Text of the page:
He had a smile that could melt marble.  “You could start,” he
said, “with yes.”




Four weeks and counting.

Clad in the wedding gown her mother had worn twenty-five years
ago, Casey stood in front of her sister-in-law Trish’s full-length mirror,
scrutinizing her reflection.  The dress was pretty and feminine, with yards of
frothy white lace and hundreds of tiny seed pearls hand-sewn to the bodice. 
While Trish fussed and tucked and smoothed, Casey stared in disbelief at the
woman in the mirror.  Could this exquisite, green-eyed creature in satin and
lace be the same Casey who’d grown up in jeans and Trav’s cast-off shirts?  She’d
never thought of herself as pretty, but the antique white satin of Mama’s gown
complemented her olive complexion and her dark hair, and the mandarin collar
lent elegance to the neck she’d always considered too long.  Spellbound, she
stared into the mirror.  “Is that really me?” she said.

“It’s really you, sweetie.  And your mother would be so proud.”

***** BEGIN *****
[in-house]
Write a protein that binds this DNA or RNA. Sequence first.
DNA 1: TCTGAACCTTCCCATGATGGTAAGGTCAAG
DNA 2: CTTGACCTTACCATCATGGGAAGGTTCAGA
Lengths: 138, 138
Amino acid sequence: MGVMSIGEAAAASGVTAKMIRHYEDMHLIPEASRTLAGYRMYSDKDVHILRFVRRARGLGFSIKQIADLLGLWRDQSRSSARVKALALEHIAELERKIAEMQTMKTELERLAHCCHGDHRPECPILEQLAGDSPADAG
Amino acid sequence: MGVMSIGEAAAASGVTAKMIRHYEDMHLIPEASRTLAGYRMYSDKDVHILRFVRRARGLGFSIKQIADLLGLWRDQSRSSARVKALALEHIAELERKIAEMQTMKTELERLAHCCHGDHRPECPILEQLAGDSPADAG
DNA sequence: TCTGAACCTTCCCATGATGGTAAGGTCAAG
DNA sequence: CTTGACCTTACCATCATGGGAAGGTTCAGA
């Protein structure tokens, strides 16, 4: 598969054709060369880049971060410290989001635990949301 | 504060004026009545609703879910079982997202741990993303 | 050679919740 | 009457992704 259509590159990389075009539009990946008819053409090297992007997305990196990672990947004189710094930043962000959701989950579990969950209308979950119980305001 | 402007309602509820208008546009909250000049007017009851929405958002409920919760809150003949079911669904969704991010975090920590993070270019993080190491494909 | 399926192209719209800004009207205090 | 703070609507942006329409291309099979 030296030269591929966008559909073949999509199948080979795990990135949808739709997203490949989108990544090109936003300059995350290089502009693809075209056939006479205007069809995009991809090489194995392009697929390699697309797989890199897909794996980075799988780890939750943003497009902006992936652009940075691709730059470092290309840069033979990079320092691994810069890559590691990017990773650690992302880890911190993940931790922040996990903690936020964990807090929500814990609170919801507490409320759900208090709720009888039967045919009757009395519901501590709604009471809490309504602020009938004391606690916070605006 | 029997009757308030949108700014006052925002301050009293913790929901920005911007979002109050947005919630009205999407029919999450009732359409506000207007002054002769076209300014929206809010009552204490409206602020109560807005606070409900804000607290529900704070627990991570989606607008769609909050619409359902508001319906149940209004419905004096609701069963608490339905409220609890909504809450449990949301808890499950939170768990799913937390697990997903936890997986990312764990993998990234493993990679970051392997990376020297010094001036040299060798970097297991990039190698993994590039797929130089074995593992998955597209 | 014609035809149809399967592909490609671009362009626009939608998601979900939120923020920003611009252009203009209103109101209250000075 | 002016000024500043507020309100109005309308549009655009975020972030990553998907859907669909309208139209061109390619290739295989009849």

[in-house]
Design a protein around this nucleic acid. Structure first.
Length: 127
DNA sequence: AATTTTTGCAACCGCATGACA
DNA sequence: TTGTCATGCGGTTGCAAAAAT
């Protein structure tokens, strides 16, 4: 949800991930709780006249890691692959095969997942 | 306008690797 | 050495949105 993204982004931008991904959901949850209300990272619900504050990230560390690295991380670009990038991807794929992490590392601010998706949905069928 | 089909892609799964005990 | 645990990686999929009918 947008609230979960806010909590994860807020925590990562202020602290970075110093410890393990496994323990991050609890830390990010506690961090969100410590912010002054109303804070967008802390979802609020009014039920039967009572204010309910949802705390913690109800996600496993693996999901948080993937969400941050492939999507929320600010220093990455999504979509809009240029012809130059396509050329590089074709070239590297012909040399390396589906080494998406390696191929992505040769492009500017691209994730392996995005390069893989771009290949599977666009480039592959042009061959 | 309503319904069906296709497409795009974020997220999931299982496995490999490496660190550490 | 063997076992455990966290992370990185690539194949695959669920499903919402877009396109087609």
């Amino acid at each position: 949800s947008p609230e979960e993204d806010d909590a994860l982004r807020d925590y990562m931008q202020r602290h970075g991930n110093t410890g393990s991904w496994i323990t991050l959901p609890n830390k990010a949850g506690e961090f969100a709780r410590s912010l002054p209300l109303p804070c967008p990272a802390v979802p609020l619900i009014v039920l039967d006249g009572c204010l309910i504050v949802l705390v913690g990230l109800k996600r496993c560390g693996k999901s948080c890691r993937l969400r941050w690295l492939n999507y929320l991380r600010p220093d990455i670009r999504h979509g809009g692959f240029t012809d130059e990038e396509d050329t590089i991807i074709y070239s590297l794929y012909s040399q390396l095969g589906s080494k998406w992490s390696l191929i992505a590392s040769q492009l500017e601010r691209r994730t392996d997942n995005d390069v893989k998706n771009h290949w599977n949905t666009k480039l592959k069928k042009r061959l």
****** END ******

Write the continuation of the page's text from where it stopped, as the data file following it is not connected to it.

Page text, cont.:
In the mirror, a vertical line appeared between her eyes.  “Would

“Of course she would!  You and my brother grew up together.  She
thought the world of Jesse.  She’d be thrilled to know that you’re marrying

Maybe, although Casey wasn’t totally convinced.  Some days, she
thought that the only person, aside from the groom, who was thrilled about the
pending nuptials was Trish herself.  Casey had been twelve when her oldest
brother, Bill, had married Trish Lindstrom, and Trish had become the best
friend and big sister she’d always wanted.  It had been Trish who helped her
through those bleak months following Mama’s death when, at fifteen, Casey had
stepped into her mother’s shoes, taking responsibility for raising her younger
sister and running a ten-room farmhouse.  When Casey and Jess had set their
wedding date, a jubilant Trish had badgered her into unearthing Mama’s wedding
gown from the attic, then had spent weeks laboriously altering it to fit
Casey’s slender frame. 

Casey frowned at her reflection.  “Trish?” she said.  “Can I ask
you a question?”

On bended knee, fussing with the voluminous folds of the gown’s
hem, her sister-in-law looked up.  Around the half-dozen straight pins she held